No bargaining unit too small? Certainly not for the National Labor Relations Board.
Earlier this month, the NLRB rejected Macy’s argument that a cosmetics bargaining unit was too narrow and ordered the retailer to bargain with the unit. Macy’s had tried to argue that an entire store bargaining unit was more appropriate and that the cosmetics union was an inappropriate subset of the store. Macy’s is appealing the Board’s decision to the Fifth Circuit.
This decision by the Board is a result of its 2011 decision in Specialty Healthcare which heightened the standard for employers challenging narrow collective bargaining units. In that decision, which was affirmed by the Sixth Circuit, the Board held that when an employer is challenging a proposed bargaining unit on the grounds that it improperly excludes certain employees, the employer must show that the excluded workers share “an overwhelming community of interest” with those in the proposed unit.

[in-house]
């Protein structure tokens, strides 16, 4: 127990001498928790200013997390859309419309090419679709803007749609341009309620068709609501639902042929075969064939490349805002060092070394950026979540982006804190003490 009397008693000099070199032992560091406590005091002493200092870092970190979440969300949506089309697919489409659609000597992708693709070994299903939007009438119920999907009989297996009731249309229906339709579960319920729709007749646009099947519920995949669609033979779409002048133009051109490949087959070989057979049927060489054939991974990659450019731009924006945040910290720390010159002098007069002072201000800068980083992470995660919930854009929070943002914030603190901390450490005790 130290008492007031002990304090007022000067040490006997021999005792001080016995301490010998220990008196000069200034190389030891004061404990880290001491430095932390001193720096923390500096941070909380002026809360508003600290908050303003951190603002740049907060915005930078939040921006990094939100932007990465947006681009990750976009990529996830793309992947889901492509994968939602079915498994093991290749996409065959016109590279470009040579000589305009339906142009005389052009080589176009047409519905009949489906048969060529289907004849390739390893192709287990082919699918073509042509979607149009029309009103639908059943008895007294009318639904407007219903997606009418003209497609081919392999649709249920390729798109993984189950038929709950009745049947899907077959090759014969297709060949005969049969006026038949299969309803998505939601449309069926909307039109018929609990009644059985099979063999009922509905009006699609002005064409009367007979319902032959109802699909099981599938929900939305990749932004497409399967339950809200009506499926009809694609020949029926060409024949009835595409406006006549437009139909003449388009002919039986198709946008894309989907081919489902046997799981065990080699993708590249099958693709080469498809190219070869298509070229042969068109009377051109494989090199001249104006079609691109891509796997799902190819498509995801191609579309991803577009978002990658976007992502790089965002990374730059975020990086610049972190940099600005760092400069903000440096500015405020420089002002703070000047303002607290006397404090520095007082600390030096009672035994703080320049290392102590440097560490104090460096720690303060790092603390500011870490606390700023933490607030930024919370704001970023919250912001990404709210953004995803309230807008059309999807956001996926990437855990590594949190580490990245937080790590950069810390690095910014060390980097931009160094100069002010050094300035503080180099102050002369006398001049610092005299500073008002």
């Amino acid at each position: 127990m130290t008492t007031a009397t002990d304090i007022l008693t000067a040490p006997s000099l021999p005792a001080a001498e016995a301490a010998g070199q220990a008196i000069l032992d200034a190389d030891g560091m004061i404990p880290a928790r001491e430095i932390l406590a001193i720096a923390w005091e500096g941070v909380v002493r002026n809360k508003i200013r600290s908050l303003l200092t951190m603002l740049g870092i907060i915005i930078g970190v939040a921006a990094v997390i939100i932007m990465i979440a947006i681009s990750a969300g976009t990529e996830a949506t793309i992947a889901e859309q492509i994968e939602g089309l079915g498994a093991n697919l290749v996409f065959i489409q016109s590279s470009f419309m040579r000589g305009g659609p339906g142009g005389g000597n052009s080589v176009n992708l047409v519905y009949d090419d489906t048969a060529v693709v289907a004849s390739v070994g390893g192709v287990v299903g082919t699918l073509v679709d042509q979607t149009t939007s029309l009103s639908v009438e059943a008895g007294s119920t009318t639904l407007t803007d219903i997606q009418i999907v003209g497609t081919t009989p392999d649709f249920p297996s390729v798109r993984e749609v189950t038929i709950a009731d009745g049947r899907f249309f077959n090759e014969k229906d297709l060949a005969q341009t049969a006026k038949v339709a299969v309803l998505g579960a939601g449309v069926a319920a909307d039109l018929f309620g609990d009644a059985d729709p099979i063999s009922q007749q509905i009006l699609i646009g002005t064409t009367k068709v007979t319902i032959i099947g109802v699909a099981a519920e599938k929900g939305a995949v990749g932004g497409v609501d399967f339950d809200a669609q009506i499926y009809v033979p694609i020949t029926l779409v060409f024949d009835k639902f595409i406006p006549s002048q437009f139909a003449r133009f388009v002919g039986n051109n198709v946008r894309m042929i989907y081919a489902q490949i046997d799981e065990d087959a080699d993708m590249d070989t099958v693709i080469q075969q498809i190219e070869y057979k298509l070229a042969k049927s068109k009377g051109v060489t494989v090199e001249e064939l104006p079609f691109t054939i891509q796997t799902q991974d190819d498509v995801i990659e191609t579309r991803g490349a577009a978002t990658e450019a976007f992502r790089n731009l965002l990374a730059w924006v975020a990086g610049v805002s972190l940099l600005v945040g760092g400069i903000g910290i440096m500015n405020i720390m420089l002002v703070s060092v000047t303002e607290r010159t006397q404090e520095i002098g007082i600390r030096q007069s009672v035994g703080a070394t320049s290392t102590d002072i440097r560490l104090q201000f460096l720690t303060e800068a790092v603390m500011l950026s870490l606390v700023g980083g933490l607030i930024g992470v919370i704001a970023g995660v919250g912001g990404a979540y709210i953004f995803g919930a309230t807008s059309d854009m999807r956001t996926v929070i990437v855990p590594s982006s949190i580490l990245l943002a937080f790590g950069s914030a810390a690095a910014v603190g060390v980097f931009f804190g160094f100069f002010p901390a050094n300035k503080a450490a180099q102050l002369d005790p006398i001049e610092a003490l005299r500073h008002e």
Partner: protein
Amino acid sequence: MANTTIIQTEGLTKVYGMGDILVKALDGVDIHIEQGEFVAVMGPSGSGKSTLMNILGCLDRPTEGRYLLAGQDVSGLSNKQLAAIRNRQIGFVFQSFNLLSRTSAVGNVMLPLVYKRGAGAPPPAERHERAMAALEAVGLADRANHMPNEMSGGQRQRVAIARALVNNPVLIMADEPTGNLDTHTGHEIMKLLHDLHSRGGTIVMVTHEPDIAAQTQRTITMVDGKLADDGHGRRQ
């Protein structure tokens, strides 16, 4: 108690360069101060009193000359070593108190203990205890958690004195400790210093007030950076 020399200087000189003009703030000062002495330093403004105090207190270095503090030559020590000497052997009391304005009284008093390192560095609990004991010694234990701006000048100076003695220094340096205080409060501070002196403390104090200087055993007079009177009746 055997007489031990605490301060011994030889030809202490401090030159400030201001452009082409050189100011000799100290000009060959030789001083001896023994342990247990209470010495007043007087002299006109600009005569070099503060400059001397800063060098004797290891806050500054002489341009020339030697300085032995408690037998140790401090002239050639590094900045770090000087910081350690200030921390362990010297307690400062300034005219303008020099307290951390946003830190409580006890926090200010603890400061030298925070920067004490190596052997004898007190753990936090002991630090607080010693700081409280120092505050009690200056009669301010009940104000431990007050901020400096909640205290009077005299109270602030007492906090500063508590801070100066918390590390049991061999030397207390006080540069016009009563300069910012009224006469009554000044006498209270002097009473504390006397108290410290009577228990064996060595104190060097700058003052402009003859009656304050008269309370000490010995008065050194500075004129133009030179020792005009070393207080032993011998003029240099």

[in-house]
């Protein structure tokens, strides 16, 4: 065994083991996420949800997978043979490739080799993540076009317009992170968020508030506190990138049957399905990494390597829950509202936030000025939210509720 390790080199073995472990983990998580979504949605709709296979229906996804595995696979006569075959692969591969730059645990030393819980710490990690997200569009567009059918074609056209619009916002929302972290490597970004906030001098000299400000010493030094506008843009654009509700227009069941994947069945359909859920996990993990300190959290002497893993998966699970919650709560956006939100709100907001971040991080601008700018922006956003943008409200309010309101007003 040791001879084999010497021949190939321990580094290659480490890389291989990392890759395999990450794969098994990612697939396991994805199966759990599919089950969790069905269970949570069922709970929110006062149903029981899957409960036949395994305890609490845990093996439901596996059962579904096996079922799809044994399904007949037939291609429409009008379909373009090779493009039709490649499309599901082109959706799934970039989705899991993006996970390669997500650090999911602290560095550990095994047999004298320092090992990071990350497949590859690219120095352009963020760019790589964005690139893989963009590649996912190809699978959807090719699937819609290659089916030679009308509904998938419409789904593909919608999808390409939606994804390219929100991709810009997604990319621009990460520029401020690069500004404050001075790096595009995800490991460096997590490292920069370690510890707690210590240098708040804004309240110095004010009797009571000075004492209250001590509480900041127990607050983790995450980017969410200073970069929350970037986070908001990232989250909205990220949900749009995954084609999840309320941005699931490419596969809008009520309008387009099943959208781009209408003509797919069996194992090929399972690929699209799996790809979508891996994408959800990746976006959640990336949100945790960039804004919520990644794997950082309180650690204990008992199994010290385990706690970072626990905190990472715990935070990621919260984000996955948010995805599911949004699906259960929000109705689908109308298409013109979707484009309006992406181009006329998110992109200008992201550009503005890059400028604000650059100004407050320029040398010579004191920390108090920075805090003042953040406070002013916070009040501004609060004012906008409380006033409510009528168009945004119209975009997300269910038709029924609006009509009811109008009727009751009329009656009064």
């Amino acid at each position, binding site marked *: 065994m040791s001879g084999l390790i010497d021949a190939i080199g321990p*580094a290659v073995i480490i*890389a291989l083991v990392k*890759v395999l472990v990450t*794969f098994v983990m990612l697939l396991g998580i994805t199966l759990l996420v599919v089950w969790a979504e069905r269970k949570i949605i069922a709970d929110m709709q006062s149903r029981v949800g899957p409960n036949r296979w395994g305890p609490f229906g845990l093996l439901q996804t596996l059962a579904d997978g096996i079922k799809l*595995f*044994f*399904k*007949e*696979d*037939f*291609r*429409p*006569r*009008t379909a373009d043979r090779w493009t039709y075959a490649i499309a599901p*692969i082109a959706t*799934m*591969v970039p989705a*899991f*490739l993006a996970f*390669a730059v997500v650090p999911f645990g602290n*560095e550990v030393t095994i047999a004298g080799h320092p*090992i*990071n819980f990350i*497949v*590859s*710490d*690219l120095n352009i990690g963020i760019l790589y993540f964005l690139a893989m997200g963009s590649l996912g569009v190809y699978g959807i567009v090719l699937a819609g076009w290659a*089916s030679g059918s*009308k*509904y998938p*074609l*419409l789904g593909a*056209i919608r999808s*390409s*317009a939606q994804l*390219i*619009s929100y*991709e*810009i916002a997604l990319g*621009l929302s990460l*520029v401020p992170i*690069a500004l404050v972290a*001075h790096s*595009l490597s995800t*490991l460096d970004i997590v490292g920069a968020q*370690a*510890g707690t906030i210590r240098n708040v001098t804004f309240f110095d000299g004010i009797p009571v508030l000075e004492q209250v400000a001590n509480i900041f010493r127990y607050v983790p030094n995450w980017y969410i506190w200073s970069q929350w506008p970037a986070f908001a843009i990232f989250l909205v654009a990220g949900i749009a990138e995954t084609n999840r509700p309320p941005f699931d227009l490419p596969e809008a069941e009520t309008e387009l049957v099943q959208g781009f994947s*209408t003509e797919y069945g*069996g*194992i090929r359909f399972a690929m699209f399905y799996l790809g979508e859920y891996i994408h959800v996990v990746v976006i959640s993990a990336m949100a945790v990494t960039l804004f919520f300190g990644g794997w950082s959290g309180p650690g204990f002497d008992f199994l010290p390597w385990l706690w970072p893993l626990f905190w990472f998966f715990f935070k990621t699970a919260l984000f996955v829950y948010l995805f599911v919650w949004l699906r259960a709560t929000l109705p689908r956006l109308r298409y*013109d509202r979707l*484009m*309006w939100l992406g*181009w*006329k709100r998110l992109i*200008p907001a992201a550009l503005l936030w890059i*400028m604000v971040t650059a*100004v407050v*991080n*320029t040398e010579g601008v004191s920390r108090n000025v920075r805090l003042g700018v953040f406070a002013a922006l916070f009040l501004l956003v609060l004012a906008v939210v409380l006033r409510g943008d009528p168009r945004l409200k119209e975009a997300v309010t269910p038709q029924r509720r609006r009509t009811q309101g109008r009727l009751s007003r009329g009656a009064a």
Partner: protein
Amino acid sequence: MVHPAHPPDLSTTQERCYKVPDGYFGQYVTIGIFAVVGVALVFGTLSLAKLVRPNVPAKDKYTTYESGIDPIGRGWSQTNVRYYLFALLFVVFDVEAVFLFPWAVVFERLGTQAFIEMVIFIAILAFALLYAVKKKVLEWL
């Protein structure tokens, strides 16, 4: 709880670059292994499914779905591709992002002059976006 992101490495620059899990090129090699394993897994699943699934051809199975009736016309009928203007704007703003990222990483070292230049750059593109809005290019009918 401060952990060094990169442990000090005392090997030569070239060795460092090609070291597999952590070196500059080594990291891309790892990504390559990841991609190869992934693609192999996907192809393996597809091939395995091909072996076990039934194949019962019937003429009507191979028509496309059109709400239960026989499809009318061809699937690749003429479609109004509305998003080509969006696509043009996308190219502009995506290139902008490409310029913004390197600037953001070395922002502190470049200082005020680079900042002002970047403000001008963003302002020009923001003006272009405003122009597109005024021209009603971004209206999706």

Employers, particularly brick and mortar department stores, will want to think twice before challenging smaller bargaining units in their stores – at least if the challenge is that they’re just too small. The NLRB hasn’t found any unit to be “too small,” at least not yet.